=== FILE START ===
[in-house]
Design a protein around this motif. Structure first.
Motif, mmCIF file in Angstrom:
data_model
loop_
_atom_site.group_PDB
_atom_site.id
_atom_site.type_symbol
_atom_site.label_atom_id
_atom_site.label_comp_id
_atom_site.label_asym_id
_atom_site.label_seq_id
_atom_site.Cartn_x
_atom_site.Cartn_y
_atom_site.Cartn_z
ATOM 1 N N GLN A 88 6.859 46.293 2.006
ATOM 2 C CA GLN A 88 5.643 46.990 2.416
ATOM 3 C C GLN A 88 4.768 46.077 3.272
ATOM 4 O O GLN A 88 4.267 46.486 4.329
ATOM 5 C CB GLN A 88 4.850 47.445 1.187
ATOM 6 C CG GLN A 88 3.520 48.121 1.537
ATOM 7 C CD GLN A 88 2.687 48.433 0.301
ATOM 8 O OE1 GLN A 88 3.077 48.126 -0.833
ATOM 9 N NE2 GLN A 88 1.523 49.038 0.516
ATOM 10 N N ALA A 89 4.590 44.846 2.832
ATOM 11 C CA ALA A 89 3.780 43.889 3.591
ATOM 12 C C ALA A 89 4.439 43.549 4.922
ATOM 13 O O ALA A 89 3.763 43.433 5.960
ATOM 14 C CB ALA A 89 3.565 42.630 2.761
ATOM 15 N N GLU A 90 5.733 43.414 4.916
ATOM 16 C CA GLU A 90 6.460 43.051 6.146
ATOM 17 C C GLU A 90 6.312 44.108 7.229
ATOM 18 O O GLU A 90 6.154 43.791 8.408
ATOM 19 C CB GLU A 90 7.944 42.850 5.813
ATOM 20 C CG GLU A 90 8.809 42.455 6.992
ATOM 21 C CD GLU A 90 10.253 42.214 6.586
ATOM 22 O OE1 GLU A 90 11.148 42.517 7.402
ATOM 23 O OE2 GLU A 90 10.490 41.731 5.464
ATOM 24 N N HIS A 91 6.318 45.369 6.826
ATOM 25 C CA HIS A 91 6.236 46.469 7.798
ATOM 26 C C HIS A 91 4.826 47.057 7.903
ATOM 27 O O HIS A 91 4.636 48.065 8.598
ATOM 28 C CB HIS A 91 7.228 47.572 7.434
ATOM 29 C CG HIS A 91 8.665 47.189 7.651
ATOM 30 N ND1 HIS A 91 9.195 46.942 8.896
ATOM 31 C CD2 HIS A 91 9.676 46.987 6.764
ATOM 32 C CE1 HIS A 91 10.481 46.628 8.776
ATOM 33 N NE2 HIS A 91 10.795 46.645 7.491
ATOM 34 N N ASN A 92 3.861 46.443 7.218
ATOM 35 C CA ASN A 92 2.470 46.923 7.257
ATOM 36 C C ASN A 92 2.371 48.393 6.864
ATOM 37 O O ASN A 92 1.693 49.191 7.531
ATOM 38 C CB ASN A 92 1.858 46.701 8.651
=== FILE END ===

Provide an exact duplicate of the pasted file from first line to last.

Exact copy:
[in-house]
Design a protein around this motif. Structure first.
Motif, mmCIF file in Angstrom:
data_model
loop_
_atom_site.group_PDB
_atom_site.id
_atom_site.type_symbol
_atom_site.label_atom_id
_atom_site.label_comp_id
_atom_site.label_asym_id
_atom_site.label_seq_id
_atom_site.Cartn_x
_atom_site.Cartn_y
_atom_site.Cartn_z
ATOM 1 N N GLN A 88 6.859 46.293 2.006
ATOM 2 C CA GLN A 88 5.643 46.990 2.416
ATOM 3 C C GLN A 88 4.768 46.077 3.272
ATOM 4 O O GLN A 88 4.267 46.486 4.329
ATOM 5 C CB GLN A 88 4.850 47.445 1.187
ATOM 6 C CG GLN A 88 3.520 48.121 1.537
ATOM 7 C CD GLN A 88 2.687 48.433 0.301
ATOM 8 O OE1 GLN A 88 3.077 48.126 -0.833
ATOM 9 N NE2 GLN A 88 1.523 49.038 0.516
ATOM 10 N N ALA A 89 4.590 44.846 2.832
ATOM 11 C CA ALA A 89 3.780 43.889 3.591
ATOM 12 C C ALA A 89 4.439 43.549 4.922
ATOM 13 O O ALA A 89 3.763 43.433 5.960
ATOM 14 C CB ALA A 89 3.565 42.630 2.761
ATOM 15 N N GLU A 90 5.733 43.414 4.916
ATOM 16 C CA GLU A 90 6.460 43.051 6.146
ATOM 17 C C GLU A 90 6.312 44.108 7.229
ATOM 18 O O GLU A 90 6.154 43.791 8.408
ATOM 19 C CB GLU A 90 7.944 42.850 5.813
ATOM 20 C CG GLU A 90 8.809 42.455 6.992
ATOM 21 C CD GLU A 90 10.253 42.214 6.586
ATOM 22 O OE1 GLU A 90 11.148 42.517 7.402
ATOM 23 O OE2 GLU A 90 10.490 41.731 5.464
ATOM 24 N N HIS A 91 6.318 45.369 6.826
ATOM 25 C CA HIS A 91 6.236 46.469 7.798
ATOM 26 C C HIS A 91 4.826 47.057 7.903
ATOM 27 O O HIS A 91 4.636 48.065 8.598
ATOM 28 C CB HIS A 91 7.228 47.572 7.434
ATOM 29 C CG HIS A 91 8.665 47.189 7.651
ATOM 30 N ND1 HIS A 91 9.195 46.942 8.896
ATOM 31 C CD2 HIS A 91 9.676 46.987 6.764
ATOM 32 C CE1 HIS A 91 10.481 46.628 8.776
ATOM 33 N NE2 HIS A 91 10.795 46.645 7.491
ATOM 34 N N ASN A 92 3.861 46.443 7.218
ATOM 35 C CA ASN A 92 2.470 46.923 7.257
ATOM 36 C C ASN A 92 2.371 48.393 6.864
ATOM 37 O O ASN A 92 1.693 49.191 7.531
ATOM 38 C CB ASN A 92 1.858 46.701 8.651